Members of the Shaftesbury & District Historical Society will be presenting their own historical findings to the informal setting of a Tea and Talks event at Gold Hill Museum at 2.30p.m. on Tuesday 06 February. Among the proposed topics are photographs by Elizabeth Upfield (1854-1903); the Abbess of Shaftesbury’s Farmhouses in the Nadder Valley; and local Sheep Washes. All will be illustrated and promise to shed new light on aspects of local history. Non-members are welcome when seats are available after 2.20p.m. Please be prepared to make a donation towards the cost of refreshments.
Claire Ryley and Ann Symons are well known locally for their presentations of images from the Museum’s (Albert) Tyler Collection. They have begun to identify an increasing number of photographs taken by a female contemporary, Elizabeth Upfield. Research, Ann writes, has established that Mrs Upfield was born Elizabeth Frances Hale in 1854 in Farlington, Hampshire. She became a dressmaker and milliner. In 1882 she married James Hooper, a draper with a shop in Shaftesbury High Street. James died leaving her with 3 young children. She married Albert Upfield in 1898. They continued to run the shop as “drapers and milliners” in the High Street. It was listed in the 1903 Kelly’s Directory as: “New Photographic Studio (all communications & invoices to be addressed to E.F. Upfield, proprietress), High Street.” In the same year Elizabeth Frances Upfield died on 7th August and was buried at Holy Trinity Church.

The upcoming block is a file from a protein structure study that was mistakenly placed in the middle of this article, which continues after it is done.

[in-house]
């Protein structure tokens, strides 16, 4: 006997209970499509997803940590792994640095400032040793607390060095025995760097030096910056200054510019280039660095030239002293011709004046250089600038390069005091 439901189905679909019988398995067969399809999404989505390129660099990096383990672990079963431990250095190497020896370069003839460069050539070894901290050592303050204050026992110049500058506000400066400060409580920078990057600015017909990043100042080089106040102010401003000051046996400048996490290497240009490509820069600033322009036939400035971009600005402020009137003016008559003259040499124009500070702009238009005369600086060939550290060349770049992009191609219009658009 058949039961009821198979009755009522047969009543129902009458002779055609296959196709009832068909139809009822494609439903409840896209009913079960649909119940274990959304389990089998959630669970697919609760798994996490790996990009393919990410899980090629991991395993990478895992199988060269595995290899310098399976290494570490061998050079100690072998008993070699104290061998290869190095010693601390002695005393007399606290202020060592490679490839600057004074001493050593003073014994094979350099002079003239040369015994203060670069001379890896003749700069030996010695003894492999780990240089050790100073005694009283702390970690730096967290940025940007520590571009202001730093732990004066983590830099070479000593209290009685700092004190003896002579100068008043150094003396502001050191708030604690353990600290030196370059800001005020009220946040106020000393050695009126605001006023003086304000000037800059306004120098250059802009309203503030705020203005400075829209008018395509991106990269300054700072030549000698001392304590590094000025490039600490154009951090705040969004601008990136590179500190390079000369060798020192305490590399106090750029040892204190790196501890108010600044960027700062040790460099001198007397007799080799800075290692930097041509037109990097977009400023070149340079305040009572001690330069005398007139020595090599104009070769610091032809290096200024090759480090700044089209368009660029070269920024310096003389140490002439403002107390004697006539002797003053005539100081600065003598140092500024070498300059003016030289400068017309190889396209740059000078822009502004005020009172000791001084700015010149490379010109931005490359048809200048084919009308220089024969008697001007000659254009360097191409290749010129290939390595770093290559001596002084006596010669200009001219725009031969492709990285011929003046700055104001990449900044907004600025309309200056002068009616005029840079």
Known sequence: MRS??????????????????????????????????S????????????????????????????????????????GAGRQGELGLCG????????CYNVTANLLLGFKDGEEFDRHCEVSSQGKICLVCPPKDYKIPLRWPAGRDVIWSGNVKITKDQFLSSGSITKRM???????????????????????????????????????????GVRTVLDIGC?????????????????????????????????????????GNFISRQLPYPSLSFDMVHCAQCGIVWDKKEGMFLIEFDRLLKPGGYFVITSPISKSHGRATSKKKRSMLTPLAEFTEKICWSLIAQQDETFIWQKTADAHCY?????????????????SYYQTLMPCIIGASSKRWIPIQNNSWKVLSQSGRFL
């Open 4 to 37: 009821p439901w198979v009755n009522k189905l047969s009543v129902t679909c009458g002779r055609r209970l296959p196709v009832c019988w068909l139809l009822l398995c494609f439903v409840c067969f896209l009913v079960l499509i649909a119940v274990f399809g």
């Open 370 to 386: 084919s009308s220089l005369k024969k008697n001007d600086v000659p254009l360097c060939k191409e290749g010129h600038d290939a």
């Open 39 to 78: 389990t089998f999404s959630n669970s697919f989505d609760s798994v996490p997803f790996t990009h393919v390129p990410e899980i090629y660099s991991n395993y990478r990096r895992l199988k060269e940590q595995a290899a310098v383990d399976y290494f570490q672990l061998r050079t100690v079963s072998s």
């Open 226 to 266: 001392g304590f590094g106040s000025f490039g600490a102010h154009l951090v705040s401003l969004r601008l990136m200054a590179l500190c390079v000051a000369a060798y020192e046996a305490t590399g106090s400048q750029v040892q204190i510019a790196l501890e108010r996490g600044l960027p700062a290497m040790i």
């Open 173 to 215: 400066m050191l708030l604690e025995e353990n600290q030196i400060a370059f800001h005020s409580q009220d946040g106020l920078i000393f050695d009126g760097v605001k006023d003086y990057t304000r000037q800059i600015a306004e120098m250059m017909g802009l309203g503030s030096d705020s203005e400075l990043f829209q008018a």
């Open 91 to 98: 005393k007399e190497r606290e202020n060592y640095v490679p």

The image above is of a print in an E.F. Upfield mount. It shows the town en fete, possibly for the Prince of Wales’s seven-minute-long royal visit on 21 October 1899. But there were other celebratory occasions at the turn of the century.
Martin Shallcross will cast a farmer’s eye over evidence of the Abbess of Shaftesbury’s Farmhouses in the Nadder Valley. Perhaps the best known example is Place Farm Tisbury with its spectacular Tithe Barn. Alan Carter brings his vet’s eye to the evidence of local Sheep Washes.